SLO Facilitators

The SLO Facilitator is the faculty SLO leader for a department and is responsible for managing the SLO assessment process for its courses and programs. SLO Facilitators ensure that their departments are participating in the SLO assessment cycle at all levels, guiding fellow faculty toward “closing the loop” on assessment in focused and efficient ways. They also report out on department CSLO and PSLO results of assessment, analysis, and potential actions to take to improve student learning. 

Facilitators are trained by the SLO Coordinator to assist faculty with questions and concerns and become experts in assessment procedures, forms, and SLO-related accreditation standards. Facilitator awareness of and expertise in these processes and procedures allow faculty colleagues to focus on the creation of SLOs and assessment methods, as well as the analysis of assessment and potential actions to take to improve student learning. Furthermore, facilitators submit new, modified, and inactivated SLOs through the appropriate Google forms, which allows departments the benefits of automating assessment processes while meeting key accreditation standards. 

The SLO Facilitator position is highly interpersonal and involves encouraging, supporting, and guiding conversations with department faculty to improve student learning. It is essential that facilitators discuss timelines and expectations for course and program SLO assessment with department faculty. Facilitators also work in coordination with the ASLO Subcommittee and the SLO Coordinator. The position is a one-year commitment with the possibility for renewal based on an evaluation. Facilitators are paid a small stipend and the end of their commitment, upon completion of all responsibilities and submission of all deliverables.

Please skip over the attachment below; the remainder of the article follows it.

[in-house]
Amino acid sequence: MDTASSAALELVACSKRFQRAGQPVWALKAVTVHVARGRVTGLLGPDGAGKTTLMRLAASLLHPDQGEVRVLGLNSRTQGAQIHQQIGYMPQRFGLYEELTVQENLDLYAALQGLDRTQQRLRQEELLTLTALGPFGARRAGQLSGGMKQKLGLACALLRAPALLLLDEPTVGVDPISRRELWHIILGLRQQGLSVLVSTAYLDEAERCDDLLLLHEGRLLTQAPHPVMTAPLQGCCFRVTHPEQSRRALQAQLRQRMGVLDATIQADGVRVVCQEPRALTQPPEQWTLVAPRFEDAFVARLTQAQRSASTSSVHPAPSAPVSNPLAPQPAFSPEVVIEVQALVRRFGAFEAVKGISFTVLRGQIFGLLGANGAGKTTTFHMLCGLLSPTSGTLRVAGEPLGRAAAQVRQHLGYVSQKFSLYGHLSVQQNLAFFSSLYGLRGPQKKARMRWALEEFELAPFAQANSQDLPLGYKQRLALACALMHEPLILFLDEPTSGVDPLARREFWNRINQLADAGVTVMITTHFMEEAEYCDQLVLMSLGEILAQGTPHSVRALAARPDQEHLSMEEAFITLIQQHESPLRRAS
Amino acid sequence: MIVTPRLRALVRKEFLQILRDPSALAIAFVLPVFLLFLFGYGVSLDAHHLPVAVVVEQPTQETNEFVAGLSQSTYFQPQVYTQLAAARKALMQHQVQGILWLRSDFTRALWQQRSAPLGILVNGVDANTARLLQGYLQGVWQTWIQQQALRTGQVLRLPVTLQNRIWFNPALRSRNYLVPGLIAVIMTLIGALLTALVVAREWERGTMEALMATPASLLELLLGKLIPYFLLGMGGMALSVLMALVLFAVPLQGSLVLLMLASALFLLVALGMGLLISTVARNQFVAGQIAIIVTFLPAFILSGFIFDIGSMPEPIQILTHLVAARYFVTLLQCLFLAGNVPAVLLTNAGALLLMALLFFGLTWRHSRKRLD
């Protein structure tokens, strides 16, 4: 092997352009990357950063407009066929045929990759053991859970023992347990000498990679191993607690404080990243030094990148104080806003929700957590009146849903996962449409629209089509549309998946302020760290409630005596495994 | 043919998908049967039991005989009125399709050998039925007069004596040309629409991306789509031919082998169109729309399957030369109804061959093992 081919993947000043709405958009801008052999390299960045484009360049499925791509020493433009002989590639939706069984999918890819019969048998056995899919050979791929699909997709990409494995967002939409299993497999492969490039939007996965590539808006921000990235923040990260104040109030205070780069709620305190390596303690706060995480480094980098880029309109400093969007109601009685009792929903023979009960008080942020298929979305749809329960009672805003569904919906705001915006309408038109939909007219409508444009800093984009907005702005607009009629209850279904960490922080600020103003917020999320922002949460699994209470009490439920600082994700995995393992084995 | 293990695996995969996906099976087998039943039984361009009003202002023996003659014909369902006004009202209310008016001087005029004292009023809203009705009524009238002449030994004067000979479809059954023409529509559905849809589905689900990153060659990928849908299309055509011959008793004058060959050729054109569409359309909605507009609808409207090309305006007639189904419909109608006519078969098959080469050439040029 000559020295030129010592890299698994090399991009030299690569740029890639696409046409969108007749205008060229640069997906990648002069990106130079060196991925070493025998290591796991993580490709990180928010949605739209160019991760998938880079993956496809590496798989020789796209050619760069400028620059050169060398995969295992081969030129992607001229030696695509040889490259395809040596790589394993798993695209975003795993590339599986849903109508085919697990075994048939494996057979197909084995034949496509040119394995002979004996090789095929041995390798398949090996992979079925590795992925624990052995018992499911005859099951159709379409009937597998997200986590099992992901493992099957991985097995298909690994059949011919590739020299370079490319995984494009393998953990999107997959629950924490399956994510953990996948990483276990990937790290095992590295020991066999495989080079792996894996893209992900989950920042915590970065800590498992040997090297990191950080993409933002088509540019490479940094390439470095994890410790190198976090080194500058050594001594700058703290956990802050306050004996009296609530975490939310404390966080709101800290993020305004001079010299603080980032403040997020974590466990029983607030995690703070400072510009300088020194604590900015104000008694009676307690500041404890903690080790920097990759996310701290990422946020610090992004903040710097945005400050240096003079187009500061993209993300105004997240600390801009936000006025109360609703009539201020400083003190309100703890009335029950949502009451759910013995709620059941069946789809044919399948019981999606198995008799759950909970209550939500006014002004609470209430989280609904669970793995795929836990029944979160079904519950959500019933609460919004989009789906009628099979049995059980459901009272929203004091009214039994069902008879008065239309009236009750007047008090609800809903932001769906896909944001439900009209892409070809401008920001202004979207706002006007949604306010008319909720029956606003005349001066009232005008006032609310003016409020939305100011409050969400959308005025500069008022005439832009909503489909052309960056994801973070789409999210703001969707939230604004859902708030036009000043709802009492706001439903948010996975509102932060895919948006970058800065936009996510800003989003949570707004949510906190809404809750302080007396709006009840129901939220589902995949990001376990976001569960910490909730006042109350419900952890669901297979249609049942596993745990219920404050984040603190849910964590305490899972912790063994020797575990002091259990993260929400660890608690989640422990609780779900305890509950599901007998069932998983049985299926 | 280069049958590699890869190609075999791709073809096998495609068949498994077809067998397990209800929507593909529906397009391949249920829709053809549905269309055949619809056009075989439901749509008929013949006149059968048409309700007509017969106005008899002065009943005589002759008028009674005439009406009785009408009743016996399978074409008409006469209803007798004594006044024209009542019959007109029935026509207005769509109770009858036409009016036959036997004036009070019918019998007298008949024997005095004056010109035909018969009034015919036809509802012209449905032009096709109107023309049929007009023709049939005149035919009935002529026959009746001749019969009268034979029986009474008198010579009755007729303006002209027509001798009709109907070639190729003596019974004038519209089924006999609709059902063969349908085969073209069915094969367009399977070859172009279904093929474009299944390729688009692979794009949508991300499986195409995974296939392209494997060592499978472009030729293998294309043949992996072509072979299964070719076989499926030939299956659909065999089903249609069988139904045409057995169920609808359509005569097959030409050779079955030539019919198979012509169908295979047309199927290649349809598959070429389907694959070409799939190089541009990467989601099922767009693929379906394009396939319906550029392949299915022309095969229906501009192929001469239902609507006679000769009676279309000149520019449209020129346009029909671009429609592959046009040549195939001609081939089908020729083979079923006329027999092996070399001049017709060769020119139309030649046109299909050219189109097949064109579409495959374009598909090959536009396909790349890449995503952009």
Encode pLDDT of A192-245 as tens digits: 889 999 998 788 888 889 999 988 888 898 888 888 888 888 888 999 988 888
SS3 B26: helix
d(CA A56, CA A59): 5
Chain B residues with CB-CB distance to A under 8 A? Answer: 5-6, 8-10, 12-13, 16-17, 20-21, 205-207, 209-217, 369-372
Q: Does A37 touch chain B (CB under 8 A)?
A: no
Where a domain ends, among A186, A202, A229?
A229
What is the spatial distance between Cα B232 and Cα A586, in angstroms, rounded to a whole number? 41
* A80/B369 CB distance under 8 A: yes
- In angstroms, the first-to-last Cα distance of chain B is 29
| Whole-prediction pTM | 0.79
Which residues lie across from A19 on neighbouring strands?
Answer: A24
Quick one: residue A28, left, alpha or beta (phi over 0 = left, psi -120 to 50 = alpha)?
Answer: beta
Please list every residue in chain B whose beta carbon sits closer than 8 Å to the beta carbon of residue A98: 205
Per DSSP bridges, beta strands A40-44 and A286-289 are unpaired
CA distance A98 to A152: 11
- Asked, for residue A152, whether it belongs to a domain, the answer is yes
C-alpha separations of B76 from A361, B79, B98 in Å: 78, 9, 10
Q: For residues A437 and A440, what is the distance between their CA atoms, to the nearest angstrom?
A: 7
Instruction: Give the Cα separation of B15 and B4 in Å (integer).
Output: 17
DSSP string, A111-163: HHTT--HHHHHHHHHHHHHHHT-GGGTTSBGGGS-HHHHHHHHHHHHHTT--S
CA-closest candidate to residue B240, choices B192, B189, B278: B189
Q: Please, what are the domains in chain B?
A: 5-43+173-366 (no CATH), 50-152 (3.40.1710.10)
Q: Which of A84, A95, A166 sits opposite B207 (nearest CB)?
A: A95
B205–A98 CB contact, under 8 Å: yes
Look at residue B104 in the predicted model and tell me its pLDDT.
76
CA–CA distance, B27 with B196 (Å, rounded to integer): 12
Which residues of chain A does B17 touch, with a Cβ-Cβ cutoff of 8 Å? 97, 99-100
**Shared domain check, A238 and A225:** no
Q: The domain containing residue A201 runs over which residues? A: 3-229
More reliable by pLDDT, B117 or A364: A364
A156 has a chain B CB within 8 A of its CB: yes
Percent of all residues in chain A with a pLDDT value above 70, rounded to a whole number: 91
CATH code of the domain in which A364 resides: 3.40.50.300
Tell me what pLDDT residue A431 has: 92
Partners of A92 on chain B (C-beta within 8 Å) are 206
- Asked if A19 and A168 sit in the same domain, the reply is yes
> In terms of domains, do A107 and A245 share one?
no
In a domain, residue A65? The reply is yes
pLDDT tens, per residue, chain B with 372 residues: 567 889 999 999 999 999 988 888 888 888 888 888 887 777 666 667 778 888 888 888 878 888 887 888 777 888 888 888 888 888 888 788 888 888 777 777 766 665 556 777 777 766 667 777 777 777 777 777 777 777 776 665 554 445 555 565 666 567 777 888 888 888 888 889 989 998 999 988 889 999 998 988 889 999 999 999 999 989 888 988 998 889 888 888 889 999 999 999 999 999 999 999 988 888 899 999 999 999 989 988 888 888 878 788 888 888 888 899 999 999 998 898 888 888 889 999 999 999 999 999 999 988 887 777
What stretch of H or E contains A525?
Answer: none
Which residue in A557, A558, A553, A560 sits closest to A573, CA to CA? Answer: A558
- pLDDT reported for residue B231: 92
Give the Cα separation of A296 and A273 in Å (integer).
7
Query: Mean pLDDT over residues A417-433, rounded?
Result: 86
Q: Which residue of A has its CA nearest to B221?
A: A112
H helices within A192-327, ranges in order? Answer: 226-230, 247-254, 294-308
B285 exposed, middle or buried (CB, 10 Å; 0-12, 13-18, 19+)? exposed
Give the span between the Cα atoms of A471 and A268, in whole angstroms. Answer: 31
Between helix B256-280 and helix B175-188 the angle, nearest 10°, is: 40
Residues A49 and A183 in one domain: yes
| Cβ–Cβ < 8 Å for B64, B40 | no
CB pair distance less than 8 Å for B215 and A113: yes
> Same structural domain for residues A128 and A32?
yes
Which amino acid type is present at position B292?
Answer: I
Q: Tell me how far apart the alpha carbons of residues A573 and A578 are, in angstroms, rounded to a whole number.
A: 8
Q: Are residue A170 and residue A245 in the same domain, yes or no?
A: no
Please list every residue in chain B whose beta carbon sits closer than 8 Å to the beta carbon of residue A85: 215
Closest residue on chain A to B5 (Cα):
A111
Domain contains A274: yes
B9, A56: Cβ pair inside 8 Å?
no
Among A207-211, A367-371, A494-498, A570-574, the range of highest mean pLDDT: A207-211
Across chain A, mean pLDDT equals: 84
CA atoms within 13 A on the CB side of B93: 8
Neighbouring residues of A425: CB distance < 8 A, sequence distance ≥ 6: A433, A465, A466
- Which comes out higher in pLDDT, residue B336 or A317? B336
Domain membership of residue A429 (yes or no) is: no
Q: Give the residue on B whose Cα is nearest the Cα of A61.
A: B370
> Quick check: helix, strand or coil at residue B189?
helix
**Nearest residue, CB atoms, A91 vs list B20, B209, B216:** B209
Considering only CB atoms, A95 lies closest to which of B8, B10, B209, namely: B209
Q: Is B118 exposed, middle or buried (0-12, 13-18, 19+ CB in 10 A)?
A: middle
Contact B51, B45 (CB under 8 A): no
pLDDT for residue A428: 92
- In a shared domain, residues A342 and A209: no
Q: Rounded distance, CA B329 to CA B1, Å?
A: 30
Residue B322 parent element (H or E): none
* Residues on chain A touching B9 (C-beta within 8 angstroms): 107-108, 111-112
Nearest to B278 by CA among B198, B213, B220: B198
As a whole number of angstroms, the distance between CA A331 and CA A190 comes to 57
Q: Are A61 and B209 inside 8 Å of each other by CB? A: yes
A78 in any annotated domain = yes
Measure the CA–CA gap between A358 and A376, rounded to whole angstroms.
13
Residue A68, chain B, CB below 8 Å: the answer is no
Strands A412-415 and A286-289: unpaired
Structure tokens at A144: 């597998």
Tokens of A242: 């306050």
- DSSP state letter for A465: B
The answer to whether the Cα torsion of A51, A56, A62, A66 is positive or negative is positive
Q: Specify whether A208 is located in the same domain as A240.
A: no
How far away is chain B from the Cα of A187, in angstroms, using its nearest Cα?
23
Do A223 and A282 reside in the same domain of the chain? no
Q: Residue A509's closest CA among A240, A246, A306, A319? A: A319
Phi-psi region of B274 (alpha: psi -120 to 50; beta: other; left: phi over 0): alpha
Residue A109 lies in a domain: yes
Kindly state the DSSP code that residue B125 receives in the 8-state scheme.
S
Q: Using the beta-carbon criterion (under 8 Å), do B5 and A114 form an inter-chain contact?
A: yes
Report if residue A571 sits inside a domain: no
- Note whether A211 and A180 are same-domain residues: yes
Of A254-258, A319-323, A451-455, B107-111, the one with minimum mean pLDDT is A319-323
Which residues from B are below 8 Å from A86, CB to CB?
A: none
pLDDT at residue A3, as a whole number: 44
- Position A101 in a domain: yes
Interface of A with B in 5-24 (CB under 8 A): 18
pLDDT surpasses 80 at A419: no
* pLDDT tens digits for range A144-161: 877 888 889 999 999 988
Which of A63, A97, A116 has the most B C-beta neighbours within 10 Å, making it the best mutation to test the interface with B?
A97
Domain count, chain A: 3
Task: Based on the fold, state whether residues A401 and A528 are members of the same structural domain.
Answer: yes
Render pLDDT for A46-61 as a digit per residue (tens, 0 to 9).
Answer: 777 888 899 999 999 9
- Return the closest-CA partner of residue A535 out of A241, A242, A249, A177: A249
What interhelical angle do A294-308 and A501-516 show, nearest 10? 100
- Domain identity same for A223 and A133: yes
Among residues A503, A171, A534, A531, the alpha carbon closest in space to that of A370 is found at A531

Current Department SLO Facilitators


Assessment of Student Learning Outcomes is intended to enhance the way faculty teach their courses to ensure student learning and refine how faculty plan for the future of LBCC courses and programs. Assessment of SLOs should provide meaningful data that faculty can analyze and use to determine whether or not students are mastering critical course content. Assessing SLOs also allows faculty to teach a course with clear outcomes while maintaining academic freedom.  

All faculty have access to Course Outlines of Record, which list each course’s SLOs and it is the expectation that faculty include these SLOs on their course syllabi. Faculty can also ask their SLO Facilitators for information about course-to-program SLO mapping and course-to-institution SLO mapping, both of which highlight how student learning at the course-level informs the Student Learning Outcomes that students should obtain by the time they are awarded a certificate or degree and/or complete the general education curriculum.   

Moreover, all full-time faculty have access to Tableau Dashboards, which provide access to the college’s disaggregated Student Learning Outcomes assessment data, as well as summary dashboards that provide access to historical documentation of results of assessment, analysis, and meaningful actions taken. These dashboards give faculty in each department and discipline a shared understanding of the data and show how subpopulations of students are learning. This data can be utilized to inform program planning and review as well as faculty efforts to close equity gaps in student learning and achievement. 

In order to make assessment meaningful, faculty must participate in all aspects of SLO creation, modification, assessment, analysis, and actions. With faculty engaged in each step of the assessment cycle, improvements to student learning can be identified and actions can be agreed upon and taken to improve learning outcomes.